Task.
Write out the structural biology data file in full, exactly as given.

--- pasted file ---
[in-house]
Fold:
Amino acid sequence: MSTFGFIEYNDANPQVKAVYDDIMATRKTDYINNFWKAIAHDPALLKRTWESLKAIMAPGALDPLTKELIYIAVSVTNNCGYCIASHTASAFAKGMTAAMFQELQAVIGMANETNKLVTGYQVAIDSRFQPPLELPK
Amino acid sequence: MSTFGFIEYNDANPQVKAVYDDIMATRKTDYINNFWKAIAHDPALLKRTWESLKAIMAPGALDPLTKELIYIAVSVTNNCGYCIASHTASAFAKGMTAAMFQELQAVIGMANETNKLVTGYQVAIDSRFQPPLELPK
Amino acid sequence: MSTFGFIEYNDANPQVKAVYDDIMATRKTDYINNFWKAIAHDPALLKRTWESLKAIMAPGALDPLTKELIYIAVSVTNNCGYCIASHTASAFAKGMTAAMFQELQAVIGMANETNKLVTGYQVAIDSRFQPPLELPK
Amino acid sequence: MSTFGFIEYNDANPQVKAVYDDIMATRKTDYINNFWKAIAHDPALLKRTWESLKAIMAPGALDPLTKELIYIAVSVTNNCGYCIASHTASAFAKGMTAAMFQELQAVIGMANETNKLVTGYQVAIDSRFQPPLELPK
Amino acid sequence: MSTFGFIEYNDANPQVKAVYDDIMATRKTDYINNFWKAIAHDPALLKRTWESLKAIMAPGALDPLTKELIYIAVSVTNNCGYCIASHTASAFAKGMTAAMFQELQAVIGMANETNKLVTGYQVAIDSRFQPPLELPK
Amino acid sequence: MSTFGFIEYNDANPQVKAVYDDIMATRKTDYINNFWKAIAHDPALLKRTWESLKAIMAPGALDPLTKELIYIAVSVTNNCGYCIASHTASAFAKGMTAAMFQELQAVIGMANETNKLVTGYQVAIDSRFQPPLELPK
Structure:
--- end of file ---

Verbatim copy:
[in-house]
Fold:
Amino acid sequence: MSTFGFIEYNDANPQVKAVYDDIMATRKTDYINNFWKAIAHDPALLKRTWESLKAIMAPGALDPLTKELIYIAVSVTNNCGYCIASHTASAFAKGMTAAMFQELQAVIGMANETNKLVTGYQVAIDSRFQPPLELPK
Amino acid sequence: MSTFGFIEYNDANPQVKAVYDDIMATRKTDYINNFWKAIAHDPALLKRTWESLKAIMAPGALDPLTKELIYIAVSVTNNCGYCIASHTASAFAKGMTAAMFQELQAVIGMANETNKLVTGYQVAIDSRFQPPLELPK
Amino acid sequence: MSTFGFIEYNDANPQVKAVYDDIMATRKTDYINNFWKAIAHDPALLKRTWESLKAIMAPGALDPLTKELIYIAVSVTNNCGYCIASHTASAFAKGMTAAMFQELQAVIGMANETNKLVTGYQVAIDSRFQPPLELPK
Amino acid sequence: MSTFGFIEYNDANPQVKAVYDDIMATRKTDYINNFWKAIAHDPALLKRTWESLKAIMAPGALDPLTKELIYIAVSVTNNCGYCIASHTASAFAKGMTAAMFQELQAVIGMANETNKLVTGYQVAIDSRFQPPLELPK
Amino acid sequence: MSTFGFIEYNDANPQVKAVYDDIMATRKTDYINNFWKAIAHDPALLKRTWESLKAIMAPGALDPLTKELIYIAVSVTNNCGYCIASHTASAFAKGMTAAMFQELQAVIGMANETNKLVTGYQVAIDSRFQPPLELPK
Amino acid sequence: MSTFGFIEYNDANPQVKAVYDDIMATRKTDYINNFWKAIAHDPALLKRTWESLKAIMAPGALDPLTKELIYIAVSVTNNCGYCIASHTASAFAKGMTAAMFQELQAVIGMANETNKLVTGYQVAIDSRFQPPLELPK
Structure: